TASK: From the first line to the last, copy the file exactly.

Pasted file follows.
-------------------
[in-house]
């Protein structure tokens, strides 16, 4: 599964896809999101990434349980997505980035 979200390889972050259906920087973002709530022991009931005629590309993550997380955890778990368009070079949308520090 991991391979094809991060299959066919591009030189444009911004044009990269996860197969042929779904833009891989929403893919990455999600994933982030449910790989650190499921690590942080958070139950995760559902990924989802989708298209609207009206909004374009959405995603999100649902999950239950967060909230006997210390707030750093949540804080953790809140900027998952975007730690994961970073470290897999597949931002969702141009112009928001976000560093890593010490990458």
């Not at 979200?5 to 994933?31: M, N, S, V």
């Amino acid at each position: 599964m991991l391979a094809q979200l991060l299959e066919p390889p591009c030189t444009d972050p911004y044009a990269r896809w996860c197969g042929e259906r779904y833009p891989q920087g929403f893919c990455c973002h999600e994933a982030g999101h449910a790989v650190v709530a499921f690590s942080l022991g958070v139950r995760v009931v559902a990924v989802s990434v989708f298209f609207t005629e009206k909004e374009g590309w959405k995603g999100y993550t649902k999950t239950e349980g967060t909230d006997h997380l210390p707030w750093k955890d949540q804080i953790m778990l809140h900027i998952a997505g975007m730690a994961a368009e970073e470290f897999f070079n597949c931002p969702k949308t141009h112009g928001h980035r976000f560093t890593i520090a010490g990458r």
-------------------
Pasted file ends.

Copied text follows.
[in-house]
């Protein structure tokens, strides 16, 4: 599964896809999101990434349980997505980035 979200390889972050259906920087973002709530022991009931005629590309993550997380955890778990368009070079949308520090 991991391979094809991060299959066919591009030189444009911004044009990269996860197969042929779904833009891989929403893919990455999600994933982030449910790989650190499921690590942080958070139950995760559902990924989802989708298209609207009206909004374009959405995603999100649902999950239950967060909230006997210390707030750093949540804080953790809140900027998952975007730690994961970073470290897999597949931002969702141009112009928001976000560093890593010490990458």
């Not at 979200?5 to 994933?31: M, N, S, V």
């Amino acid at each position: 599964m991991l391979a094809q979200l991060l299959e066919p390889p591009c030189t444009d972050p911004y044009a990269r896809w996860c197969g042929e259906r779904y833009p891989q920087g929403f893919c990455c973002h999600e994933a982030g999101h449910a790989v650190v709530a499921f690590s942080l022991g958070v139950r995760v009931v559902a990924v989802s990434v989708f298209f609207t005629e009206k909004e374009g590309w959405k995603g999100y993550t649902k999950t239950e349980g967060t909230d006997h997380l210390p707030w750093k955890d949540q804080i953790m778990l809140h900027i998952a997505g975007m730690a994961a368009e970073e470290f897999f070079n597949c931002p969702k949308t141009h112009g928001h980035r976000f560093t890593i520090a010490g990458r």